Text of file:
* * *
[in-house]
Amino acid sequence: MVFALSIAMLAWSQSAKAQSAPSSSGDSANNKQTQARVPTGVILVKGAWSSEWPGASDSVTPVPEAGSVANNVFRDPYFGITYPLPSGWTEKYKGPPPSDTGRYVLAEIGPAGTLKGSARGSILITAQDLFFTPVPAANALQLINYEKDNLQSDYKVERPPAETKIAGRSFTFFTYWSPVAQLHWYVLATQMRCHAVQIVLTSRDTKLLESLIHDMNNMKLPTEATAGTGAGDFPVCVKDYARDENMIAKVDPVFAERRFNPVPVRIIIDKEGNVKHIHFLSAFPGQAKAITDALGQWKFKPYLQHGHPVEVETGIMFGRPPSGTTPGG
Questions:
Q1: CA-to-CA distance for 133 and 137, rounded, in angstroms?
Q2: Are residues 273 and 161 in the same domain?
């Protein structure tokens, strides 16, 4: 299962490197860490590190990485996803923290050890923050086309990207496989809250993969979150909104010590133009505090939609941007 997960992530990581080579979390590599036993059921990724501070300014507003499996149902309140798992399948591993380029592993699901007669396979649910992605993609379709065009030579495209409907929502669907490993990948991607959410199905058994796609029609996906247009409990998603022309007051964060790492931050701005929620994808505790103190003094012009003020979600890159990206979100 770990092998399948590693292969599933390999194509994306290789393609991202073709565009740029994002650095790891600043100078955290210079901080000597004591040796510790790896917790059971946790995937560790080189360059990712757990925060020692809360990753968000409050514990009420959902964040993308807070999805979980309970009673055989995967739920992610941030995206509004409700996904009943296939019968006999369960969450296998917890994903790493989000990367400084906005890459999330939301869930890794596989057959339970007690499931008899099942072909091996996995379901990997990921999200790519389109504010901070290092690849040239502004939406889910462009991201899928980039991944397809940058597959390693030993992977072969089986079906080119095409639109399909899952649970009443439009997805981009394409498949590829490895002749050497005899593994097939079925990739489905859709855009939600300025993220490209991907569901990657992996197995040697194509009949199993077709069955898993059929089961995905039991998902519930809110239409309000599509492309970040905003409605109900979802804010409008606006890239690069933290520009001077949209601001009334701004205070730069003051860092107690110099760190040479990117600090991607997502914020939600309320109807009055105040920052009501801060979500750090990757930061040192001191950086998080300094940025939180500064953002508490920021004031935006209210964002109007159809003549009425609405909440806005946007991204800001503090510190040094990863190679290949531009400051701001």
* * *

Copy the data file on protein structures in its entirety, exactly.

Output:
[in-house]
Amino acid sequence: MVFALSIAMLAWSQSAKAQSAPSSSGDSANNKQTQARVPTGVILVKGAWSSEWPGASDSVTPVPEAGSVANNVFRDPYFGITYPLPSGWTEKYKGPPPSDTGRYVLAEIGPAGTLKGSARGSILITAQDLFFTPVPAANALQLINYEKDNLQSDYKVERPPAETKIAGRSFTFFTYWSPVAQLHWYVLATQMRCHAVQIVLTSRDTKLLESLIHDMNNMKLPTEATAGTGAGDFPVCVKDYARDENMIAKVDPVFAERRFNPVPVRIIIDKEGNVKHIHFLSAFPGQAKAITDALGQWKFKPYLQHGHPVEVETGIMFGRPPSGTTPGG
Questions:
Q1: CA-to-CA distance for 133 and 137, rounded, in angstroms?
Q2: Are residues 273 and 161 in the same domain?
């Protein structure tokens, strides 16, 4: 299962490197860490590190990485996803923290050890923050086309990207496989809250993969979150909104010590133009505090939609941007 997960992530990581080579979390590599036993059921990724501070300014507003499996149902309140798992399948591993380029592993699901007669396979649910992605993609379709065009030579495209409907929502669907490993990948991607959410199905058994796609029609996906247009409990998603022309007051964060790492931050701005929620994808505790103190003094012009003020979600890159990206979100 770990092998399948590693292969599933390999194509994306290789393609991202073709565009740029994002650095790891600043100078955290210079901080000597004591040796510790790896917790059971946790995937560790080189360059990712757990925060020692809360990753968000409050514990009420959902964040993308807070999805979980309970009673055989995967739920992610941030995206509004409700996904009943296939019968006999369960969450296998917890994903790493989000990367400084906005890459999330939301869930890794596989057959339970007690499931008899099942072909091996996995379901990997990921999200790519389109504010901070290092690849040239502004939406889910462009991201899928980039991944397809940058597959390693030993992977072969089986079906080119095409639109399909899952649970009443439009997805981009394409498949590829490895002749050497005899593994097939079925990739489905859709855009939600300025993220490209991907569901990657992996197995040697194509009949199993077709069955898993059929089961995905039991998902519930809110239409309000599509492309970040905003409605109900979802804010409008606006890239690069933290520009001077949209601001009334701004205070730069003051860092107690110099760190040479990117600090991607997502914020939600309320109807009055105040920052009501801060979500750090990757930061040192001191950086998080300094940025939180500064953002508490920021004031935006209210964002109007159809003549009425609405909440806005946007991204800001503090510190040094990863190679290949531009400051701001």